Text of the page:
It was clear that Ursula von der Leyen was looking forward to the German Presidency of the Council of the EU. At the end of the discussion – held as a video conference on Thursday, 2 July 2020 – between the chairs of the Bundestag’s parliamentary groups, the presidents of the Bundestag and the Bundesrat on one side and the College of the EU Commission, led by its German President von der Leyen on the other, she recalled the previous German Presidency of the Council in 2007. This was a time at which Bundestag President Wolfgang Schäuble was Federal Interior Minister, and she herself sat in Merkel’s cabinet as a “young Minister for Family Affairs”. “I know” said von der Leyen, “that the Council Presidency means a lot of work. But there’s also a real chance to achieve things.”
Bundestag supports plans for conference on the future of Europe
The Bundestag and Bundesrat are also keen to achieve things, which is why they have launched an extensive programme for the parliamentary dimension of the Council Presidency. The parliaments – including, of course, the Bundestag – intend to play a key role in achieving the goal of ensuring that Europe emerges stronger from the crisis, Bundestag President Schäuble stressed. At the same time, the dialogue between the national parliaments and the European Parliament needed to be strengthened, he said. The EU Commission’s plans for a conference on the future of Europe would also be supported by the Bundestag. Schäuble personally was of the opinion that “this conference should also have a mandate for a discussion on necessary treaty amendments”.
Gunther Krichbaum (CDU), Chairman of the EU Affairs Committee, called for the national parliaments to be involved in the conference on an equal footing with the European Parliament. Krichbaum went on to explain why: it could not be ruled out, he said, that there would be treaty amendments, and by this stage at the latest the national parliamentarians would be required to explain the results of these in the regions and constituencies.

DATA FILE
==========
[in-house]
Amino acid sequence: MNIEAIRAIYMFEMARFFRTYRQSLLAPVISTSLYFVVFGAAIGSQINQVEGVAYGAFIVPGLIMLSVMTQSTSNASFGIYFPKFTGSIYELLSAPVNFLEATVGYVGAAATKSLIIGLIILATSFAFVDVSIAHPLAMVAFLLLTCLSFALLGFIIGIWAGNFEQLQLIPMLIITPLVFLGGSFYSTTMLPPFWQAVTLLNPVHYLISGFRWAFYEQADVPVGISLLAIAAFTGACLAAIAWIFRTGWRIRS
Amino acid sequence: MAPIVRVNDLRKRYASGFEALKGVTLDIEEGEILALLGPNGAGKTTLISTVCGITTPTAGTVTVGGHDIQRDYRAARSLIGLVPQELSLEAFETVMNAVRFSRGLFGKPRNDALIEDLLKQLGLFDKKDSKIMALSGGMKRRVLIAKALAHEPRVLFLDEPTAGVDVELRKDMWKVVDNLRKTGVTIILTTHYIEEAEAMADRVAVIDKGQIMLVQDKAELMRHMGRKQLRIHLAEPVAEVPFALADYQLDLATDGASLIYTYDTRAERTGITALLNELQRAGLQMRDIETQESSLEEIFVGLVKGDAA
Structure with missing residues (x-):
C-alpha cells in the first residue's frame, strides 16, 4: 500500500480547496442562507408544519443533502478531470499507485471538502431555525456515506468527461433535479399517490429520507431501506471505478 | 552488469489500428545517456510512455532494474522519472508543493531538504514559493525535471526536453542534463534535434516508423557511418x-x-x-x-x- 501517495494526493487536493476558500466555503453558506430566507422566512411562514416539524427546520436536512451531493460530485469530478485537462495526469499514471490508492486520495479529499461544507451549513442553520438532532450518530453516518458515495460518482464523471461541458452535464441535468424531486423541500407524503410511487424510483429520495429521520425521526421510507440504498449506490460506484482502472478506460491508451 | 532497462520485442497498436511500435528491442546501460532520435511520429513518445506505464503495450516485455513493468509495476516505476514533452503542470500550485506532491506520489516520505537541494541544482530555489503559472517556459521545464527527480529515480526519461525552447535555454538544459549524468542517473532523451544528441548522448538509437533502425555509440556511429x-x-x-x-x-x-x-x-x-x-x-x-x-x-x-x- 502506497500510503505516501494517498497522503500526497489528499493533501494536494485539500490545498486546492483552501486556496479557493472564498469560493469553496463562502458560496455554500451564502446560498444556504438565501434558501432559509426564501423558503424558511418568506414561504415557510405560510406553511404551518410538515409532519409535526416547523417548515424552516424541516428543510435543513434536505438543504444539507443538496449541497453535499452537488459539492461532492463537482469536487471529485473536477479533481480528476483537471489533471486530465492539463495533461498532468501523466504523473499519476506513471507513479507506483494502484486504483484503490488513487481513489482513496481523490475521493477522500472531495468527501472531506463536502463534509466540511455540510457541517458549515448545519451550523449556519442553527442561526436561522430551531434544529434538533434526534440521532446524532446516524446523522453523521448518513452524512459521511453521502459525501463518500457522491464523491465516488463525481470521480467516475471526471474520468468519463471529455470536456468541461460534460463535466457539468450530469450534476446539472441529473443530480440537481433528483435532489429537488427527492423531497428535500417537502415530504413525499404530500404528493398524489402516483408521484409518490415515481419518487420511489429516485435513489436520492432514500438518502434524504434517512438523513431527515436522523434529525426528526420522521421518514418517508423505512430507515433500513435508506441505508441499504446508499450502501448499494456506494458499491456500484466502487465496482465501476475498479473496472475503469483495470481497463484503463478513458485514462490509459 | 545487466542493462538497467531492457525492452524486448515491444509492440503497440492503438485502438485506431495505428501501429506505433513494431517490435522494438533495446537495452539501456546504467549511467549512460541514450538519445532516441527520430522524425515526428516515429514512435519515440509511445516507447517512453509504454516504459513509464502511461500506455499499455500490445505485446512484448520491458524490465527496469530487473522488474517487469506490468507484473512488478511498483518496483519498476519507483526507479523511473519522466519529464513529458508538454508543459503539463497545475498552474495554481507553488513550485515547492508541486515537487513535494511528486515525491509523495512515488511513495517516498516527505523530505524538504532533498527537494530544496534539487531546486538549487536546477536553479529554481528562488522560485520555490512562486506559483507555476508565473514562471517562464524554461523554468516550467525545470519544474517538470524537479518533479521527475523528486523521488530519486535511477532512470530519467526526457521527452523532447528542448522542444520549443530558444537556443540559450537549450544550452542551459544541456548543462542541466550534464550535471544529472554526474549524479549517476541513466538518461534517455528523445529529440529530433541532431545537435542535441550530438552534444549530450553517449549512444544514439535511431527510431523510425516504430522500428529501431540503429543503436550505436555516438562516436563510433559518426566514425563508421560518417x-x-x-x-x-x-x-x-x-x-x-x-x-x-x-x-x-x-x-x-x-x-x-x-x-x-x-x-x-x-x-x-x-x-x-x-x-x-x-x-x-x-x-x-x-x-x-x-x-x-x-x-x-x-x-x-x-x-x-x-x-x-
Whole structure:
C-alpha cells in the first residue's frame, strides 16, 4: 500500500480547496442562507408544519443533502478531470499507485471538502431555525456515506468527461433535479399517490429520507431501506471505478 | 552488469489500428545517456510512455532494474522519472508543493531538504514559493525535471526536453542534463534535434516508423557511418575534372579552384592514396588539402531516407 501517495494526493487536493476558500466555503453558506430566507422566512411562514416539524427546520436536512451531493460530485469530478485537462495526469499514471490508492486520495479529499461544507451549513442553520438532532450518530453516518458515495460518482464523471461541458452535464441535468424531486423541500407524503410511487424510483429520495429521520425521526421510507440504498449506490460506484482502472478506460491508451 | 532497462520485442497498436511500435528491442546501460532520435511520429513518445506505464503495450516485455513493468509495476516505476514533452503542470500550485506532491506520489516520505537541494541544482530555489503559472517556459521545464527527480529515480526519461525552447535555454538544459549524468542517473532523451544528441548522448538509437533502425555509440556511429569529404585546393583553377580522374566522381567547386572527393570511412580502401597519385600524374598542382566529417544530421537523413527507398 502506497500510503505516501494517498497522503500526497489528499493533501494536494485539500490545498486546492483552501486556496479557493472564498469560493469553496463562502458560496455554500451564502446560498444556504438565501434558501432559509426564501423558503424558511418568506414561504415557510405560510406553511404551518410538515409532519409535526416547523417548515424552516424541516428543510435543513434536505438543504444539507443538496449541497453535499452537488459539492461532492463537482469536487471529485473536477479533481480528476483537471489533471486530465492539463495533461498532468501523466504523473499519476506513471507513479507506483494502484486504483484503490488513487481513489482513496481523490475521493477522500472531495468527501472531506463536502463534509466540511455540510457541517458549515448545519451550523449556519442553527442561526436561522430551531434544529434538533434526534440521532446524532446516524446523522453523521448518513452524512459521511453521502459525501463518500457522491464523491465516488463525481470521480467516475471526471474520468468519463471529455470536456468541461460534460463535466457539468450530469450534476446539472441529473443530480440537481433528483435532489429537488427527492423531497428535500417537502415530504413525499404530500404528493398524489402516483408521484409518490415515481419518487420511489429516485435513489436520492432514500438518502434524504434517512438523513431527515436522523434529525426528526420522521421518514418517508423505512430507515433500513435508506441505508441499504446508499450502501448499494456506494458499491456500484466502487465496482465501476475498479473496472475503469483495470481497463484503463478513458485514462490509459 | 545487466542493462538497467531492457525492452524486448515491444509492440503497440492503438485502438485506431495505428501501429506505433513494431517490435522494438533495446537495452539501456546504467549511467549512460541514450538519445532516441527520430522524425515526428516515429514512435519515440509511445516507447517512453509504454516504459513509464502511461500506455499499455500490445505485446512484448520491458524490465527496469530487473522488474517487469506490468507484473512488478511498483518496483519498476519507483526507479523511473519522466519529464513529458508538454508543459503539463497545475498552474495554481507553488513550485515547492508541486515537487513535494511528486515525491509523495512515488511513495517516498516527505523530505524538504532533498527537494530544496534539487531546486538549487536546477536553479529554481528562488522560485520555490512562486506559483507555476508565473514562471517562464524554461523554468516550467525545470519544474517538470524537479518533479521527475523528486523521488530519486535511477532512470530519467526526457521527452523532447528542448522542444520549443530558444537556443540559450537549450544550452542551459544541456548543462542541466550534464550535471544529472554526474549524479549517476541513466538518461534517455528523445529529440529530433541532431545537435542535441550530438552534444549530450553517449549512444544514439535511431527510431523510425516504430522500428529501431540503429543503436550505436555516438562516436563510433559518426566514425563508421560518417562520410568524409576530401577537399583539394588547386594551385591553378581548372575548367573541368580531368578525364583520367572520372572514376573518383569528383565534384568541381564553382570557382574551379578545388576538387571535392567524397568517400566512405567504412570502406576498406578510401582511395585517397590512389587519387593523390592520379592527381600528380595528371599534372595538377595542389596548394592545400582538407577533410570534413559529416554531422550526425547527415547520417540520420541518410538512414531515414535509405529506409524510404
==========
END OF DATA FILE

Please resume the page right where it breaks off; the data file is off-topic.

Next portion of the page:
Financial assistance: Ratification by national parliaments required
Yet there are other areas where the parliaments also play a decisive role, as Valdis Dombrowskis, von der Leyen’s Vice-President responsible for the economy, outlined. The former Prime Minister of Lativa referred to the planned financial assistance for member states that had been hit especially hard by the Corona crisis, along with the EU’s plans for joint borrowing. Ratification would be required by the national parliaments in the majority of cases, he explained.
The deputy chairwoman of the AfD parliamentary group, Beatrix von Storch, also spoke on this topic. Ratification of the Own Resources Decision would require a two-thirds majority in the Bundestag, she said. Christian Lindner, chairman of the FDP parliamentary group, called for the allocation of funds to be tied to verifiable criteria. “Using new money to continue financing old structural problems will not allow Europe to progress”, he added.
Vice-President Timmermans: ETS is the future
Looking towards the EU Commission’s proposed Green Deal, Frans Timmermans, the Vice-President responsible, said that when it comes to reinvigorating Europe’s economy in the aftermath of the crisis, a road needs to be paved to the future, instead of tying the economy to unsustainable carbon-intensive production methods of the past. Timmermans picked up on the interjection from CDU/CSU group chairman Ralph Brinkhaus, who stated that there needs to be a focus on technology and on the market and thus on emissions trading. The Emissions Trading Scheme (ETS) had proved its worth and needed to be expanded, he said, emphasizing: “The ETS is the future.”
For Achim Post, deputy chairman of the SPD parliamentary group, the focus needs to be on coordinating the planned major measures such as the Green Deal, the Multiannual Financial Framework (MFF) and the European and national recovery programmes with each other in a constructive way. Things that had nothing to do with each other could not be simply patched together, he said.